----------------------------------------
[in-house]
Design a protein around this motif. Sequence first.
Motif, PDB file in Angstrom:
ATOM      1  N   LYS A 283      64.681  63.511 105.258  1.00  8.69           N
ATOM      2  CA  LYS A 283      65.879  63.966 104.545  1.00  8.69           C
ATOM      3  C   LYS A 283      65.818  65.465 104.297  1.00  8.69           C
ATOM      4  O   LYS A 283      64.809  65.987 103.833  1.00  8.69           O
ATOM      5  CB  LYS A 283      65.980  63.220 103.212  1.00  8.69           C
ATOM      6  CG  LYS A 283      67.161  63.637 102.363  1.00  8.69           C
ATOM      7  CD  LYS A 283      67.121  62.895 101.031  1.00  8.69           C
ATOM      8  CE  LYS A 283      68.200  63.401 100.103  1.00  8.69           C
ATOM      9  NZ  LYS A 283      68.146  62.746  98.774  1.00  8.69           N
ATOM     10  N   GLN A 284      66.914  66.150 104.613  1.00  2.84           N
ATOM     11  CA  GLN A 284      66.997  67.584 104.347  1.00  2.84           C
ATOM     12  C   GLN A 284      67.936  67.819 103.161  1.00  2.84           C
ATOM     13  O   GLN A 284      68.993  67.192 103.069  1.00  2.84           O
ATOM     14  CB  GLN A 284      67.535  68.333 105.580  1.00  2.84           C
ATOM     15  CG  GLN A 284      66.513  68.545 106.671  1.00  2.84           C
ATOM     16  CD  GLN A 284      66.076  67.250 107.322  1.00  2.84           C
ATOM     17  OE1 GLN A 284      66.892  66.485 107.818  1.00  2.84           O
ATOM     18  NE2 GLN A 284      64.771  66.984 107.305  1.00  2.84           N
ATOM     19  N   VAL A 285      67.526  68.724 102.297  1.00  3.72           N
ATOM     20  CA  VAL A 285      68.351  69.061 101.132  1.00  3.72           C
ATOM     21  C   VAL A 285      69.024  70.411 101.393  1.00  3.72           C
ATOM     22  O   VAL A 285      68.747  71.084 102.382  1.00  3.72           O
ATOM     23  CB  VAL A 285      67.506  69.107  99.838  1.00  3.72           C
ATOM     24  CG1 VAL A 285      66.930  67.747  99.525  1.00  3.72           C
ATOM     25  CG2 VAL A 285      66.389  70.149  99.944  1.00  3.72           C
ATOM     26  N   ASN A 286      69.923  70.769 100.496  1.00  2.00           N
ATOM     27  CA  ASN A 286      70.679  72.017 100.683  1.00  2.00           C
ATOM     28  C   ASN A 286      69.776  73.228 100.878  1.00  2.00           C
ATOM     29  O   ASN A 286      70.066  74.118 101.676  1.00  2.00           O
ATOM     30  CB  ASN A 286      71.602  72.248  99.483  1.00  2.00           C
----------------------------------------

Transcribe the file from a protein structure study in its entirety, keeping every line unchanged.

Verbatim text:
[in-house]
Design a protein around this motif. Sequence first.
Motif, PDB file in Angstrom:
ATOM      1  N   LYS A 283      64.681  63.511 105.258  1.00  8.69           N
ATOM      2  CA  LYS A 283      65.879  63.966 104.545  1.00  8.69           C
ATOM      3  C   LYS A 283      65.818  65.465 104.297  1.00  8.69           C
ATOM      4  O   LYS A 283      64.809  65.987 103.833  1.00  8.69           O
ATOM      5  CB  LYS A 283      65.980  63.220 103.212  1.00  8.69           C
ATOM      6  CG  LYS A 283      67.161  63.637 102.363  1.00  8.69           C
ATOM      7  CD  LYS A 283      67.121  62.895 101.031  1.00  8.69           C
ATOM      8  CE  LYS A 283      68.200  63.401 100.103  1.00  8.69           C
ATOM      9  NZ  LYS A 283      68.146  62.746  98.774  1.00  8.69           N
ATOM     10  N   GLN A 284      66.914  66.150 104.613  1.00  2.84           N
ATOM     11  CA  GLN A 284      66.997  67.584 104.347  1.00  2.84           C
ATOM     12  C   GLN A 284      67.936  67.819 103.161  1.00  2.84           C
ATOM     13  O   GLN A 284      68.993  67.192 103.069  1.00  2.84           O
ATOM     14  CB  GLN A 284      67.535  68.333 105.580  1.00  2.84           C
ATOM     15  CG  GLN A 284      66.513  68.545 106.671  1.00  2.84           C
ATOM     16  CD  GLN A 284      66.076  67.250 107.322  1.00  2.84           C
ATOM     17  OE1 GLN A 284      66.892  66.485 107.818  1.00  2.84           O
ATOM     18  NE2 GLN A 284      64.771  66.984 107.305  1.00  2.84           N
ATOM     19  N   VAL A 285      67.526  68.724 102.297  1.00  3.72           N
ATOM     20  CA  VAL A 285      68.351  69.061 101.132  1.00  3.72           C
ATOM     21  C   VAL A 285      69.024  70.411 101.393  1.00  3.72           C
ATOM     22  O   VAL A 285      68.747  71.084 102.382  1.00  3.72           O
ATOM     23  CB  VAL A 285      67.506  69.107  99.838  1.00  3.72           C
ATOM     24  CG1 VAL A 285      66.930  67.747  99.525  1.00  3.72           C
ATOM     25  CG2 VAL A 285      66.389  70.149  99.944  1.00  3.72           C
ATOM     26  N   ASN A 286      69.923  70.769 100.496  1.00  2.00           N
ATOM     27  CA  ASN A 286      70.679  72.017 100.683  1.00  2.00           C
ATOM     28  C   ASN A 286      69.776  73.228 100.878  1.00  2.00           C
ATOM     29  O   ASN A 286      70.066  74.118 101.676  1.00  2.00           O
ATOM     30  CB  ASN A 286      71.602  72.248  99.483  1.00  2.00           C